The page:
Narrative Therapy

Australian social worker Michael White and David Epston of New Zealand. developed Narrative Therapy in the 1970s and 80s according to several sources.

Patients are encouraged to identify their values and the skills and strengths they already have and use the combination to confront the challenges and problems they are seeking to address.  Within narrative therapy, identity is seen as primarily social that can be changed as choices are made.

Narrative therapy employs externalizing conversations, and “The person is not the problem, the problem is the problem.”  Both cognitive therapists and psychoanalytic practitioners might disagree on the efficacy of full externalization of the problem.  Others may feel like the externalization enables blaming others or externalities for problems that are best solved through changes in behavior or thinking by the patient.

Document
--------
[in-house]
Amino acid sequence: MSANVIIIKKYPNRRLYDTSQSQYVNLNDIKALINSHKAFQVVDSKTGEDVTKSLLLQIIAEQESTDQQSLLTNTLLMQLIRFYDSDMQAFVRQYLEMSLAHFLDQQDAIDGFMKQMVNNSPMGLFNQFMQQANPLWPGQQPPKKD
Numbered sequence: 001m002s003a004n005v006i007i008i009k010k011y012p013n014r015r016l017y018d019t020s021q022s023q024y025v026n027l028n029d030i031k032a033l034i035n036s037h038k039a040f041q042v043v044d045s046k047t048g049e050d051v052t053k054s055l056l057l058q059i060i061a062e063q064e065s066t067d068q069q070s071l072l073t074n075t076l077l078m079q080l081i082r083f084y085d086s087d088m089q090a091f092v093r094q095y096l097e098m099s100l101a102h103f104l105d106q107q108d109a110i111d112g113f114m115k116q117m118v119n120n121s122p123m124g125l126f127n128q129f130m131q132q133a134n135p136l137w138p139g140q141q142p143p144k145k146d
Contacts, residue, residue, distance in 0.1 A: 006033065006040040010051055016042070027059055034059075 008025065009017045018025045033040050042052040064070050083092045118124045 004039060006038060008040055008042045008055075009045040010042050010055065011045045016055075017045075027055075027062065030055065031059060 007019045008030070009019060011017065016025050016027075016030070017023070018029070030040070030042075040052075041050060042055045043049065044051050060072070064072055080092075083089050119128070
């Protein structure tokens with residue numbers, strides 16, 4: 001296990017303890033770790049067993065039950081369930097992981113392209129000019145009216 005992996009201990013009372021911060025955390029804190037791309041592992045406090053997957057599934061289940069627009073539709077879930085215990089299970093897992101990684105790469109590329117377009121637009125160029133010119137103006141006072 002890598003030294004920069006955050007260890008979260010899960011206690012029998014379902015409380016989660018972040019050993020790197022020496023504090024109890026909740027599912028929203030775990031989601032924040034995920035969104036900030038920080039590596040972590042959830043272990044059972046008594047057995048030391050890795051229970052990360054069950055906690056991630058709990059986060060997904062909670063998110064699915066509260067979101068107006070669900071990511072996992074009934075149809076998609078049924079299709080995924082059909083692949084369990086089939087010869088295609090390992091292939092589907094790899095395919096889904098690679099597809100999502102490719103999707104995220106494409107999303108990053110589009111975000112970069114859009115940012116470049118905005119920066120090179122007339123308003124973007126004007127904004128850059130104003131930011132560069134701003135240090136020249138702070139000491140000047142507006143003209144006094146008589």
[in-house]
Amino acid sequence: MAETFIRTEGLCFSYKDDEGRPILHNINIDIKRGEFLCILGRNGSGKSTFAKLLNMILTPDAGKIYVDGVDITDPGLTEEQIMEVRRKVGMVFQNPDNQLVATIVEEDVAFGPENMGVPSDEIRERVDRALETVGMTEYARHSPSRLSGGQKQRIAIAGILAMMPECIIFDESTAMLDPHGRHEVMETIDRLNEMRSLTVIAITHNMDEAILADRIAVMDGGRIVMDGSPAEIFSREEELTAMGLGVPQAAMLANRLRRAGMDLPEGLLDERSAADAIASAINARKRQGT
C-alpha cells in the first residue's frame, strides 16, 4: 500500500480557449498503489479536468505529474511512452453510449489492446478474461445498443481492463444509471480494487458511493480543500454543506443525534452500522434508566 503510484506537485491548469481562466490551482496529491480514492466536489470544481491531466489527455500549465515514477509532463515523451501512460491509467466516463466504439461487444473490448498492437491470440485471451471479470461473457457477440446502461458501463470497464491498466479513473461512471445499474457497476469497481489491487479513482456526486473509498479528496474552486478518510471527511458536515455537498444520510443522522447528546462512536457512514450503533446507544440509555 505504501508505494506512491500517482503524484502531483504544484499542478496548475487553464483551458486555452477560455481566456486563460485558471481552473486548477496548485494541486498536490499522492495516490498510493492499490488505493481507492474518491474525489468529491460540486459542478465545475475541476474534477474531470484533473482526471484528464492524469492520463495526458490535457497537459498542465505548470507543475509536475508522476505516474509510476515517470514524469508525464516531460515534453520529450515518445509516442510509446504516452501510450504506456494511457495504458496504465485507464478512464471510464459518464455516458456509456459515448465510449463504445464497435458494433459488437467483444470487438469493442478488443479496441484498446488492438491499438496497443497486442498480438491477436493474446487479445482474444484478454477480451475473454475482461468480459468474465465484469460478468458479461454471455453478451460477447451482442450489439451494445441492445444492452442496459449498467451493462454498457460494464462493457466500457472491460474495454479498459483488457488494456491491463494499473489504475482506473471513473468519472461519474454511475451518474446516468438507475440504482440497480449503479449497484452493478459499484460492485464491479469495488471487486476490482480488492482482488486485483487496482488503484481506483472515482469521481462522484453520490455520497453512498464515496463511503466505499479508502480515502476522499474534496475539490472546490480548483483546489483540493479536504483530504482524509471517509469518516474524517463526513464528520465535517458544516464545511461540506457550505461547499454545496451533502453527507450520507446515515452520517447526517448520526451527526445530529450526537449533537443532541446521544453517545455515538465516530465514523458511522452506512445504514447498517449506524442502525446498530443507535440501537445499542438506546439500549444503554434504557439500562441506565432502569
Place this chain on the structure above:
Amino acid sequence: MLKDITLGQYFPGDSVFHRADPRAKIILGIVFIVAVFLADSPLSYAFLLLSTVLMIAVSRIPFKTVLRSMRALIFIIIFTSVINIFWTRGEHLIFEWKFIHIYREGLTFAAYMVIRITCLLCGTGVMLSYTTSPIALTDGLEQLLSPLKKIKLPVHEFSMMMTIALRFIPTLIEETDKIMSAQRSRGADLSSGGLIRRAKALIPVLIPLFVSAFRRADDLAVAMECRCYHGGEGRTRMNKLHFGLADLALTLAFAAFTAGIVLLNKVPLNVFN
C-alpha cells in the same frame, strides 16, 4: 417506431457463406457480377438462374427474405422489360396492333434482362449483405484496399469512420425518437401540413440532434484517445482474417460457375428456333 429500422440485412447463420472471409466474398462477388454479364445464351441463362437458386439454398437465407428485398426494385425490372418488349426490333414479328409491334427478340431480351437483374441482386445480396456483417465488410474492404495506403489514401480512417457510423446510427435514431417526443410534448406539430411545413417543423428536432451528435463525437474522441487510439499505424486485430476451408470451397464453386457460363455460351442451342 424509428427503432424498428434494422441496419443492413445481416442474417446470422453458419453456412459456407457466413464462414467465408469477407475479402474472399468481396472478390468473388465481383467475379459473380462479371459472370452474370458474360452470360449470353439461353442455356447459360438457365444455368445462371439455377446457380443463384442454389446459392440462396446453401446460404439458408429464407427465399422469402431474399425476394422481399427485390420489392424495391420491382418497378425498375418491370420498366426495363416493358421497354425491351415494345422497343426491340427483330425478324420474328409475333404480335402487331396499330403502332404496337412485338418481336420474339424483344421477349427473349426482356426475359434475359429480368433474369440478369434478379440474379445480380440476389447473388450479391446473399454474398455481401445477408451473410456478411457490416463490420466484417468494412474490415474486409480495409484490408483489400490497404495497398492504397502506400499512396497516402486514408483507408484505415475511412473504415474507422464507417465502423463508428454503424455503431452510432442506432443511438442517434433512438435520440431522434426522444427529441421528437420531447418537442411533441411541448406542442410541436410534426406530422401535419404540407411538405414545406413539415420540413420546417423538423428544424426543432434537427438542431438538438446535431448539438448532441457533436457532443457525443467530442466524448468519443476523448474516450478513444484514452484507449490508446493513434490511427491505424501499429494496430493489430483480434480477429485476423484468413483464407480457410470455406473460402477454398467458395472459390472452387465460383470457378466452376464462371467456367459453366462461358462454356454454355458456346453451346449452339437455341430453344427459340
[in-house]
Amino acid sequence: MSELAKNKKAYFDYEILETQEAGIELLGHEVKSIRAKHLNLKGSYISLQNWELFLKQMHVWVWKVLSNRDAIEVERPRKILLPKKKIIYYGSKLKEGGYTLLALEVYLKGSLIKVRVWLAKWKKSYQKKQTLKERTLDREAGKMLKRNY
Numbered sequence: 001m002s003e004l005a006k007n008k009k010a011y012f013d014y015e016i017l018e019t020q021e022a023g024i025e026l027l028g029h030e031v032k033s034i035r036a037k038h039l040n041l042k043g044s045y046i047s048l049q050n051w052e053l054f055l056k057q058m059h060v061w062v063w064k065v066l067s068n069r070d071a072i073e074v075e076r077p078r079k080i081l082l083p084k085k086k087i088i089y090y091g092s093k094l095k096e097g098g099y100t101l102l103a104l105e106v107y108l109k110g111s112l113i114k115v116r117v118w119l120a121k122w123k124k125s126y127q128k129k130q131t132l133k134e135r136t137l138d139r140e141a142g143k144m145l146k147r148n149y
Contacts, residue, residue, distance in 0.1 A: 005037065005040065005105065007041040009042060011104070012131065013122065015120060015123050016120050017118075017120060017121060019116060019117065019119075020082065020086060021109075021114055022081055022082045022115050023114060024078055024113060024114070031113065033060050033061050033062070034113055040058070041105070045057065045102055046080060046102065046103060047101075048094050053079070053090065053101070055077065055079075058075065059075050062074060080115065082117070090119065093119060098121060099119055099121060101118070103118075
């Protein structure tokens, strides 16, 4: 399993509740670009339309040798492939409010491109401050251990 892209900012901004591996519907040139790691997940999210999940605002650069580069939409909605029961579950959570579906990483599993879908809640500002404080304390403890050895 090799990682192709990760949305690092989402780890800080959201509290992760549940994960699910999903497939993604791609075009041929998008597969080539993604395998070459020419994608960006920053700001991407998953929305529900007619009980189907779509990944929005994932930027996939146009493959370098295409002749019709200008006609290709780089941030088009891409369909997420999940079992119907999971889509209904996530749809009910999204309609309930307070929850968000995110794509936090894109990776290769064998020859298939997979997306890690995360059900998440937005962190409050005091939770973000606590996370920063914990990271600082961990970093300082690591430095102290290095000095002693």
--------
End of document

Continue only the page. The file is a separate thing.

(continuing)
While it is clear that a person’s beliefs, skills, principles, and knowledge can be used effectively to help them solve problems in their life, it’s not yet clear that the narrative model is the best form of therapy to empower change.  The mental health community is still waiting to see clinical and empirical studies to validate the claims made by practitioners of Narrative Therapy.

To schedule an appointment with one of CTA’s therapists in the NY or CT, please call us at 212-258-2577.

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